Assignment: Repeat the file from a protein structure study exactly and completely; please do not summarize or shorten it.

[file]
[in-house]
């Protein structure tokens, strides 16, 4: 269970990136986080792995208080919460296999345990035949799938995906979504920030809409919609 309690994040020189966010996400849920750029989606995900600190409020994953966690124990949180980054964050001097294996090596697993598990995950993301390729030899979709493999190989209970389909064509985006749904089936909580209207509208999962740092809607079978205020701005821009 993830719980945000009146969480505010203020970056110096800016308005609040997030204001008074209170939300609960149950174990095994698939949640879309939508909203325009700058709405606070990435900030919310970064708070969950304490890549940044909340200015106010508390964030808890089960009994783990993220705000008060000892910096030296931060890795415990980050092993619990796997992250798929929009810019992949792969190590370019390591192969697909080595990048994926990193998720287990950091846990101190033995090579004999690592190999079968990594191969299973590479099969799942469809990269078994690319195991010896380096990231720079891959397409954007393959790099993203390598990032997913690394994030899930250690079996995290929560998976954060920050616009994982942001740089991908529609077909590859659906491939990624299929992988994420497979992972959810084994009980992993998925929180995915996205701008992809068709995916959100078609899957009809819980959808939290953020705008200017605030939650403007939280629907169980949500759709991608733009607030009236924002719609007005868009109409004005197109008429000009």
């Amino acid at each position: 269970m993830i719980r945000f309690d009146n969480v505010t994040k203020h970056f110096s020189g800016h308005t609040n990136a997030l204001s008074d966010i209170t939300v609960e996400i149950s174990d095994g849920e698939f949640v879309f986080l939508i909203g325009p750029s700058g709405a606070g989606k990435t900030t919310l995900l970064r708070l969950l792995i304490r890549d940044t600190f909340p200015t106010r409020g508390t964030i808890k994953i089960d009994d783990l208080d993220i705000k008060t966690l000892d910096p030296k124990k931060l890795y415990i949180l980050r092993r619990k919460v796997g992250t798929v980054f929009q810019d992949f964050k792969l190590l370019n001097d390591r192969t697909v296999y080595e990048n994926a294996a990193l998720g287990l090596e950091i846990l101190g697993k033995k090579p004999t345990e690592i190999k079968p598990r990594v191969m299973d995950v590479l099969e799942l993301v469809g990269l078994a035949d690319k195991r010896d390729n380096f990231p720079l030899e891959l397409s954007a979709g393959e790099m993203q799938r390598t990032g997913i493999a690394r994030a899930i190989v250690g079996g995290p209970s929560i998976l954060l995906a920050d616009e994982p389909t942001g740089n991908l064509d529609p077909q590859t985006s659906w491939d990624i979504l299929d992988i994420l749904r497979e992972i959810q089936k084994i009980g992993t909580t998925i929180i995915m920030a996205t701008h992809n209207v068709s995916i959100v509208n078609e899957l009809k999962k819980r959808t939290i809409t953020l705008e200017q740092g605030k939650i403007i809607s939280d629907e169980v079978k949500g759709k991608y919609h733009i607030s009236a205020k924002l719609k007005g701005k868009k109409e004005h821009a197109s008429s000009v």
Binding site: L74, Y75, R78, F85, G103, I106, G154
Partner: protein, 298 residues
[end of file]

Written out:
[in-house]
């Protein structure tokens, strides 16, 4: 269970990136986080792995208080919460296999345990035949799938995906979504920030809409919609 309690994040020189966010996400849920750029989606995900600190409020994953966690124990949180980054964050001097294996090596697993598990995950993301390729030899979709493999190989209970389909064509985006749904089936909580209207509208999962740092809607079978205020701005821009 993830719980945000009146969480505010203020970056110096800016308005609040997030204001008074209170939300609960149950174990095994698939949640879309939508909203325009700058709405606070990435900030919310970064708070969950304490890549940044909340200015106010508390964030808890089960009994783990993220705000008060000892910096030296931060890795415990980050092993619990796997992250798929929009810019992949792969190590370019390591192969697909080595990048994926990193998720287990950091846990101190033995090579004999690592190999079968990594191969299973590479099969799942469809990269078994690319195991010896380096990231720079891959397409954007393959790099993203390598990032997913690394994030899930250690079996995290929560998976954060920050616009994982942001740089991908529609077909590859659906491939990624299929992988994420497979992972959810084994009980992993998925929180995915996205701008992809068709995916959100078609899957009809819980959808939290953020705008200017605030939650403007939280629907169980949500759709991608733009607030009236924002719609007005868009109409004005197109008429000009």
């Amino acid at each position: 269970m993830i719980r945000f309690d009146n969480v505010t994040k203020h970056f110096s020189g800016h308005t609040n990136a997030l204001s008074d966010i209170t939300v609960e996400i149950s174990d095994g849920e698939f949640v879309f986080l939508i909203g325009p750029s700058g709405a606070g989606k990435t900030t919310l995900l970064r708070l969950l792995i304490r890549d940044t600190f909340p200015t106010r409020g508390t964030i808890k994953i089960d009994d783990l208080d993220i705000k008060t966690l000892d910096p030296k124990k931060l890795y415990i949180l980050r092993r619990k919460v796997g992250t798929v980054f929009q810019d992949f964050k792969l190590l370019n001097d390591r192969t697909v296999y080595e990048n994926a294996a990193l998720g287990l090596e950091i846990l101190g697993k033995k090579p004999t345990e690592i190999k079968p598990r990594v191969m299973d995950v590479l099969e799942l993301v469809g990269l078994a035949d690319k195991r010896d390729n380096f990231p720079l030899e891959l397409s954007a979709g393959e790099m993203q799938r390598t990032g997913i493999a690394r994030a899930i190989v250690g079996g995290p209970s929560i998976l954060l995906a920050d616009e994982p389909t942001g740089n991908l064509d529609p077909q590859t985006s659906w491939d990624i979504l299929d992988i994420l749904r497979e992972i959810q089936k084994i009980g992993t909580t998925i929180i995915m920030a996205t701008h992809n209207v068709s995916i959100v509208n078609e899957l009809k999962k819980r959808t939290i809409t953020l705008e200017q740092g605030k939650i403007i809607s939280d629907e169980v079978k949500g759709k991608y919609h733009i607030s009236a205020k924002l719609k007005g701005k868009k109409e004005h821009a197109s008429s000009v």
Binding site: L74, Y75, R78, F85, G103, I106, G154
Partner: protein, 298 residues